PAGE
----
Howard Roark via Atticus Finch
The private adulation of a sports fan may be a one-sided and self-contained mental activity, but it still bears the contours of an emotional relationship. When as a boy I became besotted with Javed Miandad, the experience played out inside my head like a thrilling adventure. With Younis Khan, to whom I lost my cricketing heart after his 267 and 84 not out in Bangalore, it has been more nuanced and intense. Idolising Miandad felt like a back-slapping camaraderie; with Younis it feels more like a brooding bromance.
There are certainly enough reasons to fall in love with Younis - a Test average above 50, a triple-hundred, that double-hundred against India in India, some unforgettable rearguards, and captaincy of Pakistan's title-winning T20 team. But Younis does not make it easy for anyone.
At the crease, he is not especially attractive: too much bottom hand for the Asian aesthetic, a coarse forward-defensive, and - early in the innings - a wobble in the arc of his bat. As a captain, he has been aloof and reserved; as a person he is rumoured to be a social recluse. None of these are particularly endearing traits.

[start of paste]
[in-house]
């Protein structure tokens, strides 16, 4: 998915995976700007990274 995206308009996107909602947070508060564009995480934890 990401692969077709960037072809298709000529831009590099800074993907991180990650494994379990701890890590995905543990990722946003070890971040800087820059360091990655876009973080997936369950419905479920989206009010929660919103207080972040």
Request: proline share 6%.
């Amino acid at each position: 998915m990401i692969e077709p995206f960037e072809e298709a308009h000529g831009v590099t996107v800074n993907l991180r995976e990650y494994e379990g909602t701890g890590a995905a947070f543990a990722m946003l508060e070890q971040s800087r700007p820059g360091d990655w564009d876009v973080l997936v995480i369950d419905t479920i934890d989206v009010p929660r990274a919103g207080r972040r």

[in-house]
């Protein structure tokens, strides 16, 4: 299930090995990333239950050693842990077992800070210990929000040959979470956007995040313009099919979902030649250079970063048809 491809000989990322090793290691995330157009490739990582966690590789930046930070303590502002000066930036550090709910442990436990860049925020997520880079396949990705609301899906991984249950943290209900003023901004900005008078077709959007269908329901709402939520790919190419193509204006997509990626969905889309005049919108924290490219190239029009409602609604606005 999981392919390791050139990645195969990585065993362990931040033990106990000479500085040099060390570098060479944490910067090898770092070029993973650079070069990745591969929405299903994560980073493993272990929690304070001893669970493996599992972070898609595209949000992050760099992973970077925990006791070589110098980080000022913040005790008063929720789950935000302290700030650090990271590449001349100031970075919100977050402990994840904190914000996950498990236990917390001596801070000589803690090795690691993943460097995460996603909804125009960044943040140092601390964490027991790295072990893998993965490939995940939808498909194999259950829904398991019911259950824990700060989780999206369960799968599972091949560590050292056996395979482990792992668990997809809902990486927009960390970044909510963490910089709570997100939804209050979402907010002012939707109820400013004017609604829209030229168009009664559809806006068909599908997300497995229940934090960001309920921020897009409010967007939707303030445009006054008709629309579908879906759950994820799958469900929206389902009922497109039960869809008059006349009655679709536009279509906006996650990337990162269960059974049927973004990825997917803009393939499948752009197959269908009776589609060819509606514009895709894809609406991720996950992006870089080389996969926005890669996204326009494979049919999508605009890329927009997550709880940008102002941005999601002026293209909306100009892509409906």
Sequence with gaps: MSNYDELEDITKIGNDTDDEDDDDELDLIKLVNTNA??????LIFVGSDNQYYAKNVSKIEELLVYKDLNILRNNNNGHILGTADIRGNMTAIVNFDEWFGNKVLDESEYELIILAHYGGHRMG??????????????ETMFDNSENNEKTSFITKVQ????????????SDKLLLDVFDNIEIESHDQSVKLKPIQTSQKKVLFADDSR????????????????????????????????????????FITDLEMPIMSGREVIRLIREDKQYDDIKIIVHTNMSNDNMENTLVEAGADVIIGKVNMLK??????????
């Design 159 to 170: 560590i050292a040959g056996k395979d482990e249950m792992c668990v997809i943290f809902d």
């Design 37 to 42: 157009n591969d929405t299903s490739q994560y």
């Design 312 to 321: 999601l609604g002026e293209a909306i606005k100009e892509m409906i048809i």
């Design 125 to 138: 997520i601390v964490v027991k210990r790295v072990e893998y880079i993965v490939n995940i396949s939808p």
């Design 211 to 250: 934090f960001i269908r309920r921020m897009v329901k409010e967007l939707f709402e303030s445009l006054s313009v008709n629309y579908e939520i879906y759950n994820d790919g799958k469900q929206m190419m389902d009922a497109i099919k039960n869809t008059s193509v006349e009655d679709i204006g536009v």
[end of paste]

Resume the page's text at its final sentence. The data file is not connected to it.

Yet he exudes a silent magnetism that, combined with his cricketing feats, can be quite overpowering. If he were a character in a novel, he would be something of a meld between Ayn Rand's Howard Roark and Harper Lee's Atticus Finch - dignified, dedicated, fiercely individualistic, and unquestioningly committed, albeit in his own idiosyncratic way, to the greater good.
As with any complex package, when you peel away the layers, Younis' persona becomes ever more compelling. He was born in Mardan, a prominent city in Pakistan's northern region, but then moved southwards, and his cricketing life began at the opposite end of the country, in Karachi. A perpetually restless city, in the mid-nineties Karachi's restlessness was at its peak. Political ferment had spilled over into violence, on a larger scale than had happened before or has since. Pitched battles were fought on major thoroughfares, and the army had been called in. People still went about their daily business, but in a stifling atmosphere of struggle and siege.